February 07, 2018

Battle royale: Florida House gears up for what could be its biggest debate of the session

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A screen capture from a negative ad ran by the statewide teachers' association opposing HB 7055 | YouTube

It's a debate worth about $26.9 billion, and involves the most fundamental, nagging question surrounding Florida's education system: What does Florida owe its students in public education?

And it begins today — at least this year's rendition.

The Florida House's omnibus education bill, HB 7055, is slated to be heard on the floor Wednesday afternoon — an event that promises to be one of the biggest debates of the 2018 session. The nearly 200-page bill incorporates everything from the creation of a new scholarship for students who struggle in reading to slapping potentially life-threatening requirements on teachers' unions.

It also includes a top priority for Speaker Richard Corcoran, R-Land O' Lakes, in its voucher for students that are bullied which would allow them to attend another public or private school.

The bill is so much of a priority that, in an unprecedented move, House leadership tied the per-student funding language for all public schools, meaning that $21.1 billion of public school funding is "contingent upon PCS for HB 7055 or similar legislation becoming law," according to the budget.

Democrats may not have the votes in the 76-40 sea of red that is the Florida House of Representatives, but they have vowed to trade every bargaining chip, deploy every amendment and fight as hard as they can to stop or alter the bill and what they said is a legally-questionable budgetary tactic.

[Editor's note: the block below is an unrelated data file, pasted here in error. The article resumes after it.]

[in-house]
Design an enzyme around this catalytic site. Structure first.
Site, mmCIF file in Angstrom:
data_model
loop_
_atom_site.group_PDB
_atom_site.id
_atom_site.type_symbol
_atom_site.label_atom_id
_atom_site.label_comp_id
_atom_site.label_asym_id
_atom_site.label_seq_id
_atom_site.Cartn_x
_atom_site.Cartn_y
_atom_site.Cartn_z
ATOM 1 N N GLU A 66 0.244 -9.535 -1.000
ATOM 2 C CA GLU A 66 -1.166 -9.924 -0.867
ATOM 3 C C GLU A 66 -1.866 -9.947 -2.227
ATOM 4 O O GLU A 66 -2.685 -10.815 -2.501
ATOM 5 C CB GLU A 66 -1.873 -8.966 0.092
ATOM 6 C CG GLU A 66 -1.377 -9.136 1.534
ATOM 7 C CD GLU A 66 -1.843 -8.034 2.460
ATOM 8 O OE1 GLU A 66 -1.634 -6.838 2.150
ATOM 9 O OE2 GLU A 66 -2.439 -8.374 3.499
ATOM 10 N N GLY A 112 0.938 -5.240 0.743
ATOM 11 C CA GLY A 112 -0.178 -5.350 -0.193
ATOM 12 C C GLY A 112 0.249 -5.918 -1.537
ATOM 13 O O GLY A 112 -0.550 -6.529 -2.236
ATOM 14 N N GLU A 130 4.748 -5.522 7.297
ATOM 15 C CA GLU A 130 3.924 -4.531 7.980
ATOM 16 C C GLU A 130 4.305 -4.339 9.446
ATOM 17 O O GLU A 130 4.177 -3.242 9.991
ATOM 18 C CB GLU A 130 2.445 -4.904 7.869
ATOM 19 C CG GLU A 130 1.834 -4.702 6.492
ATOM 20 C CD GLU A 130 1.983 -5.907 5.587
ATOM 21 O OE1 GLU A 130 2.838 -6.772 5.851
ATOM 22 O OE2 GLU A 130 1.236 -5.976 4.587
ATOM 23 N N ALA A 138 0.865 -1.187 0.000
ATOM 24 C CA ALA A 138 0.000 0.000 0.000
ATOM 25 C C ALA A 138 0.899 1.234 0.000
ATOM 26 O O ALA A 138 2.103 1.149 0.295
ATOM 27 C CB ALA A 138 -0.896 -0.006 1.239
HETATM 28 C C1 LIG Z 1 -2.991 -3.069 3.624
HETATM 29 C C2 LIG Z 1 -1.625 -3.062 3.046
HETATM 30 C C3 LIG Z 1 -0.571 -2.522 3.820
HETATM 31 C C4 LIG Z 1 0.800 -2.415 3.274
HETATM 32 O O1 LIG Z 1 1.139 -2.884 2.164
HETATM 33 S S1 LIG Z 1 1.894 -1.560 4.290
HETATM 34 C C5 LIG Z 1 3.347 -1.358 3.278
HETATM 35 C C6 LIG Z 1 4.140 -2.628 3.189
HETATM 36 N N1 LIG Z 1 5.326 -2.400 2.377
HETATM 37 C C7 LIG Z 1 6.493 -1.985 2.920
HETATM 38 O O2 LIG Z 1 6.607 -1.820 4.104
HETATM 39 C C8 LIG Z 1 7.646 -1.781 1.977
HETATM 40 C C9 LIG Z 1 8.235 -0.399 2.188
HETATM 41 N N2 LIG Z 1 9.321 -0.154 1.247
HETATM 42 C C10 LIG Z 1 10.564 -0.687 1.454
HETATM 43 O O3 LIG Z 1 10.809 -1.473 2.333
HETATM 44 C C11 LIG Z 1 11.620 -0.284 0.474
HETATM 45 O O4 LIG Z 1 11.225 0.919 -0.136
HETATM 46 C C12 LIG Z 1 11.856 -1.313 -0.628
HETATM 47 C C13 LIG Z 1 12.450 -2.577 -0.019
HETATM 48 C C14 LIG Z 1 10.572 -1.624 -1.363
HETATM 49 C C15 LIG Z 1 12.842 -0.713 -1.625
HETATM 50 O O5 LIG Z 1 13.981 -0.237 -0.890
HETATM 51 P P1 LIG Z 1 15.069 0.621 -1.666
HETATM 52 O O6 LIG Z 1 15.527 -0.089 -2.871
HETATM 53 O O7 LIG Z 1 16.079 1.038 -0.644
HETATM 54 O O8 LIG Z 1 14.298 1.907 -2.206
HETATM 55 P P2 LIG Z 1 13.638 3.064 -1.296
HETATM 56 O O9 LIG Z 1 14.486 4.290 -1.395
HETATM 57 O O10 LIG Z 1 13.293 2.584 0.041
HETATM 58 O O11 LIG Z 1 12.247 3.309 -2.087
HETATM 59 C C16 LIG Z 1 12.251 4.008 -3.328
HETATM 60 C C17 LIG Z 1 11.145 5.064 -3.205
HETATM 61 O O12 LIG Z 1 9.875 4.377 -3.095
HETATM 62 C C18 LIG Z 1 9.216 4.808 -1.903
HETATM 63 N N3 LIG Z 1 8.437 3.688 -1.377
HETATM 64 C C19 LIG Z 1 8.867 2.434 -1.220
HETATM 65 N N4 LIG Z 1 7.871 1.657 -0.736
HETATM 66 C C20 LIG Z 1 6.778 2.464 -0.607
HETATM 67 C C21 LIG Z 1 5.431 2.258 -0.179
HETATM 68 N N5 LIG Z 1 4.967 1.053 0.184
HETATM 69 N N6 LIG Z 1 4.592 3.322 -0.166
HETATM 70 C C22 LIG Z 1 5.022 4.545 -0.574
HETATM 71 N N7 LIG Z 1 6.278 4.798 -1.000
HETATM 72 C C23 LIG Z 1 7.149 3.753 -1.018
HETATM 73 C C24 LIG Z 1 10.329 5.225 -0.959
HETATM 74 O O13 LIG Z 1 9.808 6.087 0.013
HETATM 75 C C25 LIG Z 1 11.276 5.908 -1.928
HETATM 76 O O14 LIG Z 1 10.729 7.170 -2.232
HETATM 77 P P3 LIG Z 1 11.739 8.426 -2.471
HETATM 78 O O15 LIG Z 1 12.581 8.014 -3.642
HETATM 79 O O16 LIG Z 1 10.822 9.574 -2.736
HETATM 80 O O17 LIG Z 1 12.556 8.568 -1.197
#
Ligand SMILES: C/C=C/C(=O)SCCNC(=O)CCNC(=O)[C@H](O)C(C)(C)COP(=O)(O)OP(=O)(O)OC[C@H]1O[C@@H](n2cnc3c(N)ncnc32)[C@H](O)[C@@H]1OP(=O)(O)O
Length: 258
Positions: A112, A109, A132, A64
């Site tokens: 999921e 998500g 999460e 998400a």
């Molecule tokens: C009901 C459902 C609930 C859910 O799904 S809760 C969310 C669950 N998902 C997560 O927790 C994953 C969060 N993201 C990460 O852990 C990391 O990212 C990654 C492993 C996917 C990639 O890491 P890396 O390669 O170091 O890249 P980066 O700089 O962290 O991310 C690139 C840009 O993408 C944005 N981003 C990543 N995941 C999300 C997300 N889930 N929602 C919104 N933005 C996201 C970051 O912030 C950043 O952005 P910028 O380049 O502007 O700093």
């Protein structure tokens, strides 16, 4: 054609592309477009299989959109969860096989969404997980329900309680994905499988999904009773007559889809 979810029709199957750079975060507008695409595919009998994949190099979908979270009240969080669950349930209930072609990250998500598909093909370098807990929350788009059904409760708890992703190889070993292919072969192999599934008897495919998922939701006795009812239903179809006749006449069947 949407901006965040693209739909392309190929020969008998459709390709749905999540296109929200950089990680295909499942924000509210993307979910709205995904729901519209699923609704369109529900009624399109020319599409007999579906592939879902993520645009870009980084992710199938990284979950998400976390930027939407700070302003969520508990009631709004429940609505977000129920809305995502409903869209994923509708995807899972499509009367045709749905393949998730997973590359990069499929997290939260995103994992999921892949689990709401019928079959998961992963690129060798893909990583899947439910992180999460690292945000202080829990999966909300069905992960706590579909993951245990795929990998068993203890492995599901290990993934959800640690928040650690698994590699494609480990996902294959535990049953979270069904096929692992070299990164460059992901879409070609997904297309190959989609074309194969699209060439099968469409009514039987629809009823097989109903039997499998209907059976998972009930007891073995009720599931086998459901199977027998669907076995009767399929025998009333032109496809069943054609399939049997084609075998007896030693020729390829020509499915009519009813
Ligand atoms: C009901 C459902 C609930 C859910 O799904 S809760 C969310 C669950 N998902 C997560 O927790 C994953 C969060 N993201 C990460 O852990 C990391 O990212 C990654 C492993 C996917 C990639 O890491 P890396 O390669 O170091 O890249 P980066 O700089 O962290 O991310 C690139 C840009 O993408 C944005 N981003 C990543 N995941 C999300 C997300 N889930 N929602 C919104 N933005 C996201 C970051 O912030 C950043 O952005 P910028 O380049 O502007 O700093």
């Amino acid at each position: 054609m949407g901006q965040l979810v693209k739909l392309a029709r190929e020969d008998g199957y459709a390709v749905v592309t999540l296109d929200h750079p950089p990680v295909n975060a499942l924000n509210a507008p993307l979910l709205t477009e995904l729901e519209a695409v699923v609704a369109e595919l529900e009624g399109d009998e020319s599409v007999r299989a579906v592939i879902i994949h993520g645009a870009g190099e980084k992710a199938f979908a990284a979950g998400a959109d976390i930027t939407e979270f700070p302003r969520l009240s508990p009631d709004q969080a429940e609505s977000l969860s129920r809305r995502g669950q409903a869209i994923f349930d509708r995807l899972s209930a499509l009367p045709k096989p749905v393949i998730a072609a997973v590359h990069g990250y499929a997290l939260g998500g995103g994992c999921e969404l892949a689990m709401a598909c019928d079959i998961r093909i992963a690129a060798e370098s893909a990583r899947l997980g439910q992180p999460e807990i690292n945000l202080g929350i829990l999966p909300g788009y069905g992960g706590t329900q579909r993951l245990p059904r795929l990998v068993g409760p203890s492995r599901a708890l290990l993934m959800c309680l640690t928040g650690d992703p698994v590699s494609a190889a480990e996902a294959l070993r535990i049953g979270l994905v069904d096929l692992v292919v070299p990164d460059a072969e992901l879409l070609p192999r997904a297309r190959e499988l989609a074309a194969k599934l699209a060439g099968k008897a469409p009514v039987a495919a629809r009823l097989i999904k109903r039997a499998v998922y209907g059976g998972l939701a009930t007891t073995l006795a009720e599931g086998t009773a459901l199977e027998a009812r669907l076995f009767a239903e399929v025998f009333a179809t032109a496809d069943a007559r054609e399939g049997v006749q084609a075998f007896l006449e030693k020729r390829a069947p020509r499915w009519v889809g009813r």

As of Tuesday evening, 37 amendments were filed for HB 7055. The House must debate and vote on every single one.

"It's not in my system to file 18 amendments. I’m the type to say, 'Let's work together and figure this out,'" said Rep. Shevrin Jones, D-West Park, the ranking Democratic member on the House Education Committee. "But I cannot sit back and watch our public education system blow up at the hands of ... outside interests that want to continue to fill their pockets up."

He then added: "And if I don’t see a dime in the budget or get another bill heard because of this, I’m OK ."

Rep. Carlos Trujillo, R-Miami, said he expects a debate but that it would be "surprising" if it does not pass out of the House.

Wednesday marks the beginning of debate for the budget and its amendments but HB 7055 will officially be voted upon Thursday.

"We'll present the budget, we'll present the bill, I'm sure they'll have an opportunity to present their debates and they will be voted on accordingly," he said. "We're in no rush. We'll take as long as it takes."